New cottage food laws are making it easier for producers to can, freeze, bake, and pickle their raw agricultural products at home and sell them directly to their customers. While they might fit under regulations, home kitchens might not be a good fit for everyone, and some producers want to expand without investing in their own commercial kitchen. Shared-use kitchens (sometimes referred to as kitchen incubators or commercial kitchens) are licensed commercial spaces that can give producers and other food entrepreneurs the space and community resources they need to develop their products and businesses.
As a former producer and local food supporter, Jodee Ellett is curious about shared-use kitchens. She works with the Sustainable Food Systems Science project at Indiana University and has been working on building sustainable food systems in Indiana since she started farming in 2011. While serving as the local foods coordinator for Purdue University in 2013, she became interested in the opportunities that shared-use kitchens could provide—she was also aware that the pathway to launching one could be rocky.
“I was very curious to learn who was using shared kitchens, how different models of kitchens remain viable, and why,” said Ellett. “What are the key factors that lead to sustainability for the kitchens? What services do kitchens need to provide for users, and how can a nonprofit, government organization, or business understand the breadth of issues when considering a shared-use kitchen in a community?”
With support from a $135,819 NCR-SARE Research and Education grant, Ellett worked with Purdue Extension Services, Ashley Colpaart with The Food Corridor, and Fruition Planning and Management to survey shared-use kitchen operators, organize tours, and develop materials. The team surveyed regional kitchen owners and managers to learn more about their work. Ellett said the 92 responses to their survey helped them understand the viability, sustainability, and economic impact of shared-use kitchens. As a follow-up to the regional survey work, Econsult Solutions recently completed a nationwide survey for kitchen incubators to identify industry trends and offer insight into how shared-use spaces approach challenges. A preliminary analysis of the 180 responses has shown that kitchen incubators need increased awareness, consistency in regulations, and more financing opportunities. Ellett says this kind of data is what shared-use kitchen operators need.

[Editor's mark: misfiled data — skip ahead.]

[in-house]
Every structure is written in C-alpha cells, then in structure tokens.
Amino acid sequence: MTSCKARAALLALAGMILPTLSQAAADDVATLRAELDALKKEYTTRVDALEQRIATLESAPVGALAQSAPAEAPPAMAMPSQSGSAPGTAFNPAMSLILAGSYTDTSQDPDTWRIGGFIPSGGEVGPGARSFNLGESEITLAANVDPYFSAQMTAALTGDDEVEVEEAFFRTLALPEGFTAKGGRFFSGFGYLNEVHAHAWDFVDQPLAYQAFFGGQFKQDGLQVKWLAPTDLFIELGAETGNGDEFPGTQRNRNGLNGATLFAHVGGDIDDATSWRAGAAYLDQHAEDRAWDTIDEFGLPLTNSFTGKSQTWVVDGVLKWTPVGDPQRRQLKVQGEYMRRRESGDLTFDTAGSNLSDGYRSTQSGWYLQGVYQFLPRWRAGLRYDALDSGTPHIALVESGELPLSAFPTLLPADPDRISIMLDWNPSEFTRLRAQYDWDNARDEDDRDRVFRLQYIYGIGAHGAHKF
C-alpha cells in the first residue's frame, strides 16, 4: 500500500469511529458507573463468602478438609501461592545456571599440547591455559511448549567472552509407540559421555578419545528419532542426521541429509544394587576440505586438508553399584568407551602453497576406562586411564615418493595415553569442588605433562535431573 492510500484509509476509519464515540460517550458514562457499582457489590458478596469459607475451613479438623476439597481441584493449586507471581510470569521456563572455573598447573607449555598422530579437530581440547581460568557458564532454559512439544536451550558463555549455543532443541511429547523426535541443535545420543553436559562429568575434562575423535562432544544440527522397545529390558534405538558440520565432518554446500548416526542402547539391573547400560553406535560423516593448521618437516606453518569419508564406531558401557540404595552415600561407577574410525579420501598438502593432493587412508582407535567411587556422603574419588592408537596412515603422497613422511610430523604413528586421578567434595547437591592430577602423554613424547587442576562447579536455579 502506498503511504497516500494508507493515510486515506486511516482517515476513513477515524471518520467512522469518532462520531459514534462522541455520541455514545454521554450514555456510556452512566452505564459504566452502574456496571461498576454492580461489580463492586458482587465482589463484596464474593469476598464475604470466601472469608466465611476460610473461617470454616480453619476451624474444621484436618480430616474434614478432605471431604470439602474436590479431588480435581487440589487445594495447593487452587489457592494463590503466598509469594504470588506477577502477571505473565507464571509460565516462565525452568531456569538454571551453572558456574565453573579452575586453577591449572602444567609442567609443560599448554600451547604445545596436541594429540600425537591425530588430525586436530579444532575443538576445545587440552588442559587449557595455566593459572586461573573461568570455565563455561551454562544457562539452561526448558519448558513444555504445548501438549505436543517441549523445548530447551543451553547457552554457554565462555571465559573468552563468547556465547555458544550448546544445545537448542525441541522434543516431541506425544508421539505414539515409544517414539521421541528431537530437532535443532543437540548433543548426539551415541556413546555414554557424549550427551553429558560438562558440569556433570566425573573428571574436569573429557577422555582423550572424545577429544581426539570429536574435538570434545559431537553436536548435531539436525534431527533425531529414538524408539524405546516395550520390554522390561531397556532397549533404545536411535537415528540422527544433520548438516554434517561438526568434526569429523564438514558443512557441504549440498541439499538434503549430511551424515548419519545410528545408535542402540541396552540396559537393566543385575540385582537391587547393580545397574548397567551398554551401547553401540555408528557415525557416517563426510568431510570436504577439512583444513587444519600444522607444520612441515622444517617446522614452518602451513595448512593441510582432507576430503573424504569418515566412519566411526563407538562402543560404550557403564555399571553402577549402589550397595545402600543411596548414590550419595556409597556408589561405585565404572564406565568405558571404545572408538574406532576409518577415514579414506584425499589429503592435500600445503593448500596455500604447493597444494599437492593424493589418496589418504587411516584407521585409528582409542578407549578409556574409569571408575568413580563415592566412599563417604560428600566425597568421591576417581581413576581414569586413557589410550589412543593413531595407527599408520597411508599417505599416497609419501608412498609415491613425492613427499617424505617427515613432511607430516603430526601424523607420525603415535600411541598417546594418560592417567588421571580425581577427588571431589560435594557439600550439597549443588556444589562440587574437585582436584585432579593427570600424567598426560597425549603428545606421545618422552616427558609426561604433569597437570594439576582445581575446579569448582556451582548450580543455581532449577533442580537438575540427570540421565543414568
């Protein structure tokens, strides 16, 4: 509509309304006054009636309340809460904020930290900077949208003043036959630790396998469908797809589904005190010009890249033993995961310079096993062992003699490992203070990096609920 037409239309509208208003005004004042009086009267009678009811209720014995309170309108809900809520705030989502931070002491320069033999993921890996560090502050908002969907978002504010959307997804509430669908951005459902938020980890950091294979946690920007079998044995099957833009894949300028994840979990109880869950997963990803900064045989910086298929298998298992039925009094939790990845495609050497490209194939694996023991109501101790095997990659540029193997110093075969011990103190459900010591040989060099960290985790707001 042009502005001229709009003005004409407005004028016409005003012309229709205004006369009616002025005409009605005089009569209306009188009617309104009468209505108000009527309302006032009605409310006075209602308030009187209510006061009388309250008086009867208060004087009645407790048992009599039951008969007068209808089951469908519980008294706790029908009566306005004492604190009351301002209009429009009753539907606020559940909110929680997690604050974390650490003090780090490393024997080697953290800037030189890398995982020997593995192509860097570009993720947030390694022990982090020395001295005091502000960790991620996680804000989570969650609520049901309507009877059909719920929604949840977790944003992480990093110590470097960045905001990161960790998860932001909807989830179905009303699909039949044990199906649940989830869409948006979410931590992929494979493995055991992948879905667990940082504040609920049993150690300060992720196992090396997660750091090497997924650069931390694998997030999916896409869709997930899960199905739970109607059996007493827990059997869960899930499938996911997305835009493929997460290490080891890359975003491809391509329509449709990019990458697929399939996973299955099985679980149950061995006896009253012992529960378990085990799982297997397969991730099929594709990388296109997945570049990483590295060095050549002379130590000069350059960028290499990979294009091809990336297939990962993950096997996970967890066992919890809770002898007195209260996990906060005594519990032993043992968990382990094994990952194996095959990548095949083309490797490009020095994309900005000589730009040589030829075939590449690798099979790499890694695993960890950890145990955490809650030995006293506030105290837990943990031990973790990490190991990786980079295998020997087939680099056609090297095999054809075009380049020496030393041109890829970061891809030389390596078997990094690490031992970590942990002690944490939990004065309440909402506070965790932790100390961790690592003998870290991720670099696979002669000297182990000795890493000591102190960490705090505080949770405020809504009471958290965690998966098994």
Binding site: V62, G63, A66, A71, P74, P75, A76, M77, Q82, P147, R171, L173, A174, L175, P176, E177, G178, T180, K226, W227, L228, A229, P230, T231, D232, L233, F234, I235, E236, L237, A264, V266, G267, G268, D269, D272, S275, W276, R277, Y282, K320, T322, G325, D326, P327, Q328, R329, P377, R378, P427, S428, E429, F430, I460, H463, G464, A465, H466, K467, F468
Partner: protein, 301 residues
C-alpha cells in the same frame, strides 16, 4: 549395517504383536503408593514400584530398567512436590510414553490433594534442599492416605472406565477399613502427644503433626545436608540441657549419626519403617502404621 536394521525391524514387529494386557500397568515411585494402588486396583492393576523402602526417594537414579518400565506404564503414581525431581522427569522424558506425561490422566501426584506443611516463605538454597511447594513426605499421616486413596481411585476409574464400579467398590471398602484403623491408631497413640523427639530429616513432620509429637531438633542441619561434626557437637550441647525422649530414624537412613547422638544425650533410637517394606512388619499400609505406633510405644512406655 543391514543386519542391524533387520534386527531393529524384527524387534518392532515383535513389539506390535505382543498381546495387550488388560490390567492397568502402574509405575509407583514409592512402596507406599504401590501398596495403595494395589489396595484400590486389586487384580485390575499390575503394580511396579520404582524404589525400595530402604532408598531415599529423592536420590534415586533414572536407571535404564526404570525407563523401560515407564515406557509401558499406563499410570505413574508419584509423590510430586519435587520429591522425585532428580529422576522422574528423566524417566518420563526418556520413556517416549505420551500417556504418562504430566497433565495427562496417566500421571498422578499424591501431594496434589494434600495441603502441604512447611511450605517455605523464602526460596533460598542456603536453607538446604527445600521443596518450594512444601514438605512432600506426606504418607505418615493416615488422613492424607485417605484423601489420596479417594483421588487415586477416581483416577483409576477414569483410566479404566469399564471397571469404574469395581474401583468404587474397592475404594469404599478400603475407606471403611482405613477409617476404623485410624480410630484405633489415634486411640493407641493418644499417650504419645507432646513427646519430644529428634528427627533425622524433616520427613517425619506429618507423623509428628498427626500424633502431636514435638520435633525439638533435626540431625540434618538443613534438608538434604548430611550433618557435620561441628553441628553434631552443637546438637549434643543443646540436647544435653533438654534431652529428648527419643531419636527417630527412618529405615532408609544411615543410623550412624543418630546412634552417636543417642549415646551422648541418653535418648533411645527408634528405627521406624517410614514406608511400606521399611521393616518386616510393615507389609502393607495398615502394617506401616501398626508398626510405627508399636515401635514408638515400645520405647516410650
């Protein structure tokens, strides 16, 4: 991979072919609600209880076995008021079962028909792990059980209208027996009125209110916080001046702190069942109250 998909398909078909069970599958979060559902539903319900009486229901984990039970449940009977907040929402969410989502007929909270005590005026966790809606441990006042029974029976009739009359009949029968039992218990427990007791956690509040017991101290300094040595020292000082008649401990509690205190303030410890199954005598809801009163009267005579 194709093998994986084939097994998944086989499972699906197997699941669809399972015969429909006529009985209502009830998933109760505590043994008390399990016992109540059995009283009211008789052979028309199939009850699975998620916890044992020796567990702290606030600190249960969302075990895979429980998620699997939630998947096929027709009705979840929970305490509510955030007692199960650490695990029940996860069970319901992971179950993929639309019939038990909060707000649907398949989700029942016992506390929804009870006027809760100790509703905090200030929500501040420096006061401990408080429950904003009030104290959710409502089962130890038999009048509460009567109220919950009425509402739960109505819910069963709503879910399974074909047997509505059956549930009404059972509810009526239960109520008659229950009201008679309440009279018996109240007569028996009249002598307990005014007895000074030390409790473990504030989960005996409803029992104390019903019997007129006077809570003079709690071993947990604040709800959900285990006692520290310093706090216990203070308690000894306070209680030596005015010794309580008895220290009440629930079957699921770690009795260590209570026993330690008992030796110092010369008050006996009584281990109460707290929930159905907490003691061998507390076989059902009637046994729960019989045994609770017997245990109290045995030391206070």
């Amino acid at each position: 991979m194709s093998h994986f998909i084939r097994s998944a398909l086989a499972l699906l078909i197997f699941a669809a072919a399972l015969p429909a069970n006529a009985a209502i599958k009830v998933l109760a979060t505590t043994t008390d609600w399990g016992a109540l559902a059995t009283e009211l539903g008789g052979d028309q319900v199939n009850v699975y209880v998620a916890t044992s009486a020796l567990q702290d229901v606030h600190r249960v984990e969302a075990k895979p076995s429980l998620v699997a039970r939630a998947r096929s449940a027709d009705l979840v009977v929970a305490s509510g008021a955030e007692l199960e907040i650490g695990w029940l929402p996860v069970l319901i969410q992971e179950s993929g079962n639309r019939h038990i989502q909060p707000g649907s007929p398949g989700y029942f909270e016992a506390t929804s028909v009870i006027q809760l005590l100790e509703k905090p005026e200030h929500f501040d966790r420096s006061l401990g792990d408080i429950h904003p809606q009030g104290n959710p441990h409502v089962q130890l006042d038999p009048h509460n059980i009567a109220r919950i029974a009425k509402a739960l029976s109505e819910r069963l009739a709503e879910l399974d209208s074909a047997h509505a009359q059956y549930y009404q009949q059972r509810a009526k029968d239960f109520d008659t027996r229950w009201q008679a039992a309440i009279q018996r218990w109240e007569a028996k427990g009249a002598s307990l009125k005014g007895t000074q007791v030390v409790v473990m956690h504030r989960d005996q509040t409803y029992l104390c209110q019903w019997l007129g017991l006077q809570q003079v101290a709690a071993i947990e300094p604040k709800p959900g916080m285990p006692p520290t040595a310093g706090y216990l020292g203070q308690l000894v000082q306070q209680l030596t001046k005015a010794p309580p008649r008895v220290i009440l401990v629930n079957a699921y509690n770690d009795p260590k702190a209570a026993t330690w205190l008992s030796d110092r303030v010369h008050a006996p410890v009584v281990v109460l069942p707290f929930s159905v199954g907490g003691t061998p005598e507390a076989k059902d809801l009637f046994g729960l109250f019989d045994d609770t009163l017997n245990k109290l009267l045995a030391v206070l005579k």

“It is important for shared kitchens to have data to deliver when it comes to economic development decisions,” explained Ellett. “Most shared-use kitchens are nonprofits and have a socially-driven mission, in addition to economic and environmental goals. They are major connectors in a food system and can become a keystone business for a thriving local food economy.”
Following the tours conducted through the grant project, tour participants reported an increased understanding of shared kitchens, and the challenges of starting and sustaining them.
“I’m in the process of opening a commercial kitchen in Minneapolis,” said one tour participant. “I found value in meeting others who are involved with kitchens and learning from the kitchens we visited. The operational intelligence was invaluable. My learnings will help shape how I operationalize my kitchen.”
Informed by the survey and tours, the team started to formulate useful management practices for the day-to-day operations of shared-use kitchens. This culminated in the publication of the Shared Kitchen Toolkit: A Practical Guide to Planning, Launching, and Managing a Shared-Use Commercial Kitchen. The guide showcases successful models and provides information for planning, launching, and managing a shared-use kitchen. Referred to by some as ‘the bible’ for shared-use kitchens, the guide has helped bolster momentum for more industry research.
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